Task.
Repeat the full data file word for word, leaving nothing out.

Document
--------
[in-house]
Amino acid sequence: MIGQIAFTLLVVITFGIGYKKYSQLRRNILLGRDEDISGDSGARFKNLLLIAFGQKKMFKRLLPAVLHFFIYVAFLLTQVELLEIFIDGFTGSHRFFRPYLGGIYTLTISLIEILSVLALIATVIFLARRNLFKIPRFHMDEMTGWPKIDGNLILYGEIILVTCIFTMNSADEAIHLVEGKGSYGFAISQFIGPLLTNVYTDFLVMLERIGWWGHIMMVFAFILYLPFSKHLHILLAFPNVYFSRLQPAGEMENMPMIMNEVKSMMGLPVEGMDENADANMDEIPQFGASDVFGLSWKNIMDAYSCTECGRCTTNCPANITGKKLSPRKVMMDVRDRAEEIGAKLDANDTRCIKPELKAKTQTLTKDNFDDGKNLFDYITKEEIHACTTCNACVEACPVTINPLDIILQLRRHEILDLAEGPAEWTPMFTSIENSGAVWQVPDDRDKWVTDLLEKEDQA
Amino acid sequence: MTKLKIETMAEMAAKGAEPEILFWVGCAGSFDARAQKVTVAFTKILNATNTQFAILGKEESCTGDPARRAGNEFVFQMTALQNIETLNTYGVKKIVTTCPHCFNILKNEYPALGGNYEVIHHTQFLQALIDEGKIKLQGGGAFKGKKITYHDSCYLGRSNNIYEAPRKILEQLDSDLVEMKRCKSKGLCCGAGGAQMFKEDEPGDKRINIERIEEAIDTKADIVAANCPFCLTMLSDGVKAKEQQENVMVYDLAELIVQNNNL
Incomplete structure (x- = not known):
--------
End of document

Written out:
[in-house]
Amino acid sequence: MIGQIAFTLLVVITFGIGYKKYSQLRRNILLGRDEDISGDSGARFKNLLLIAFGQKKMFKRLLPAVLHFFIYVAFLLTQVELLEIFIDGFTGSHRFFRPYLGGIYTLTISLIEILSVLALIATVIFLARRNLFKIPRFHMDEMTGWPKIDGNLILYGEIILVTCIFTMNSADEAIHLVEGKGSYGFAISQFIGPLLTNVYTDFLVMLERIGWWGHIMMVFAFILYLPFSKHLHILLAFPNVYFSRLQPAGEMENMPMIMNEVKSMMGLPVEGMDENADANMDEIPQFGASDVFGLSWKNIMDAYSCTECGRCTTNCPANITGKKLSPRKVMMDVRDRAEEIGAKLDANDTRCIKPELKAKTQTLTKDNFDDGKNLFDYITKEEIHACTTCNACVEACPVTINPLDIILQLRRHEILDLAEGPAEWTPMFTSIENSGAVWQVPDDRDKWVTDLLEKEDQA
Amino acid sequence: MTKLKIETMAEMAAKGAEPEILFWVGCAGSFDARAQKVTVAFTKILNATNTQFAILGKEESCTGDPARRAGNEFVFQMTALQNIETLNTYGVKKIVTTCPHCFNILKNEYPALGGNYEVIHHTQFLQALIDEGKIKLQGGGAFKGKKITYHDSCYLGRSNNIYEAPRKILEQLDSDLVEMKRCKSKGLCCGAGGAQMFKEDEPGDKRINIERIEEAIDTKADIVAANCPFCLTMLSDGVKAKEQQENVMVYDLAELIVQNNNL
Incomplete structure (x- = not known):